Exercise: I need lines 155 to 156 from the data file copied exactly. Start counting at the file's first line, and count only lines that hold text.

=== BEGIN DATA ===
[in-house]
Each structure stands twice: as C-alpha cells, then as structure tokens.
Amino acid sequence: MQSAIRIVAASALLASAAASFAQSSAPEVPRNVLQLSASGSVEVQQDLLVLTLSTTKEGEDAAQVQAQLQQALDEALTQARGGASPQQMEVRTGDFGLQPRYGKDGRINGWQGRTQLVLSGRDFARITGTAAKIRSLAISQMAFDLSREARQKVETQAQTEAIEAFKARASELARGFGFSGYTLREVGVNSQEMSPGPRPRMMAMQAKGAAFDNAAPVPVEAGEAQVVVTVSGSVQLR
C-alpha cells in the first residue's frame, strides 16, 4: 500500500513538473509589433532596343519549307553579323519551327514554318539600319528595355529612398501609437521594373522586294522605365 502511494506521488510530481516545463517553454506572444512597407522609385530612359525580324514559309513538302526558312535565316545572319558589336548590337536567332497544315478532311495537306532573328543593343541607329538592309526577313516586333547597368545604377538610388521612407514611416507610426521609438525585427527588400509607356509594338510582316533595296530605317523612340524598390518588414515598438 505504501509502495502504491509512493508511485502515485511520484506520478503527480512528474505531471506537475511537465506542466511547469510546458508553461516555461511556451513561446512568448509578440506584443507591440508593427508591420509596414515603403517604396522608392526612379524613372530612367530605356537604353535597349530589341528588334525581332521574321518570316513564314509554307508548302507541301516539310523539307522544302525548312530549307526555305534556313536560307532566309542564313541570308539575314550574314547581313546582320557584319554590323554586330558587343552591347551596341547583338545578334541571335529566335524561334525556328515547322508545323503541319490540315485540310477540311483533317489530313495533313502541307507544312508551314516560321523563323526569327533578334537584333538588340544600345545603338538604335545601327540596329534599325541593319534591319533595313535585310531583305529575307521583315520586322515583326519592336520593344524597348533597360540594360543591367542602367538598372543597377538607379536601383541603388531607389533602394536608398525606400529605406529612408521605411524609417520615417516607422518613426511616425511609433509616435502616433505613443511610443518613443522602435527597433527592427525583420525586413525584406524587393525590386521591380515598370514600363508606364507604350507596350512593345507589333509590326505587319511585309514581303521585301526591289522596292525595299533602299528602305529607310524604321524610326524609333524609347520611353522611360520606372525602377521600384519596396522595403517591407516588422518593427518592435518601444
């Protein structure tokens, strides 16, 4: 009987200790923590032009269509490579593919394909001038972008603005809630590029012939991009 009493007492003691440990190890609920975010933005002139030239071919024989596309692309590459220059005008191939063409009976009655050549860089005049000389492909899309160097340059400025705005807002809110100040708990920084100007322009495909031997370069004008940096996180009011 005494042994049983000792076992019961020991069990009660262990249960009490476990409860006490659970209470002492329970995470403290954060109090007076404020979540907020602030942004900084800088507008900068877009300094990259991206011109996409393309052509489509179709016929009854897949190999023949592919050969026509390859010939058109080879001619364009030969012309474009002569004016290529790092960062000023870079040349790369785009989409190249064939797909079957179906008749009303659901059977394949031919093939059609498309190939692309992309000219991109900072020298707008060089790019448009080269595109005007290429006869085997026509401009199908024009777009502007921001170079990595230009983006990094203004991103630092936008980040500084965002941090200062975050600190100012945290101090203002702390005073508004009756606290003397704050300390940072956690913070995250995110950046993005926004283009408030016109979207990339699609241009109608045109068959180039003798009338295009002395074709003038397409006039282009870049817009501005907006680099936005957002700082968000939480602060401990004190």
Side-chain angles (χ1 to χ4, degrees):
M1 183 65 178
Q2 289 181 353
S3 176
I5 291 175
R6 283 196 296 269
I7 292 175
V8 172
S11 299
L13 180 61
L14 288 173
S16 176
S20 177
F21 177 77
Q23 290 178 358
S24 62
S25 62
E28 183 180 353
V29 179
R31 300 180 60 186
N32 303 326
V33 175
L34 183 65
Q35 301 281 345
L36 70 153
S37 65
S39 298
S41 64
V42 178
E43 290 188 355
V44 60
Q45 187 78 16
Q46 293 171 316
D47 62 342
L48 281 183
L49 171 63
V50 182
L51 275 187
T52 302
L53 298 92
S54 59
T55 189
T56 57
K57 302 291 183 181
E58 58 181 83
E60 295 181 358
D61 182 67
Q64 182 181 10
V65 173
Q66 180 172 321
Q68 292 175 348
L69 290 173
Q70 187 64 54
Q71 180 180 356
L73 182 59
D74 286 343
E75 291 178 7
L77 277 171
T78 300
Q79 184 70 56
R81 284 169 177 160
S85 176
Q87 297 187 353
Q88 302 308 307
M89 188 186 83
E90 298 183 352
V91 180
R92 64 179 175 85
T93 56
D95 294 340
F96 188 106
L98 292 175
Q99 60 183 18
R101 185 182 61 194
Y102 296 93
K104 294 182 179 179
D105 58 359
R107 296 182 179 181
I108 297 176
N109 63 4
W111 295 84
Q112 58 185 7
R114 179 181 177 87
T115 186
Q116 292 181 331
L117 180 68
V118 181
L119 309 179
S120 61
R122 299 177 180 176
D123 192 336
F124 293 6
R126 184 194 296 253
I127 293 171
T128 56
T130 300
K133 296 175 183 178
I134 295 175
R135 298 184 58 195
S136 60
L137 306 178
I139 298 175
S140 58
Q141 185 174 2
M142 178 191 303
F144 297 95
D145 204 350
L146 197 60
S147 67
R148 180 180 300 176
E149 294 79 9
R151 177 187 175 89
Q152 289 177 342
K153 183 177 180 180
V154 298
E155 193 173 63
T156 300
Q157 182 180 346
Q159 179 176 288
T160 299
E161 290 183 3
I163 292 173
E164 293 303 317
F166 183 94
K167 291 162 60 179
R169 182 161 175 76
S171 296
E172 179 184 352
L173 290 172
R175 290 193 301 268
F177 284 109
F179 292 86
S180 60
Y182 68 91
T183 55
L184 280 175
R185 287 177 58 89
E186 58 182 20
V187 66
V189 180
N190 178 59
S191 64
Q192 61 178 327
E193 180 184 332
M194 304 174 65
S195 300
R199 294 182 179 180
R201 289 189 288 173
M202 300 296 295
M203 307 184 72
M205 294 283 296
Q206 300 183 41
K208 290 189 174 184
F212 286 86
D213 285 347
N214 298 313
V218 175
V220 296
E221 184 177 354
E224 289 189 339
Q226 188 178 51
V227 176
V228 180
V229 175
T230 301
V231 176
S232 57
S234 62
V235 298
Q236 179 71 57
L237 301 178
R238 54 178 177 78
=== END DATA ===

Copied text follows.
M203 307 184 72
M205 294 283 296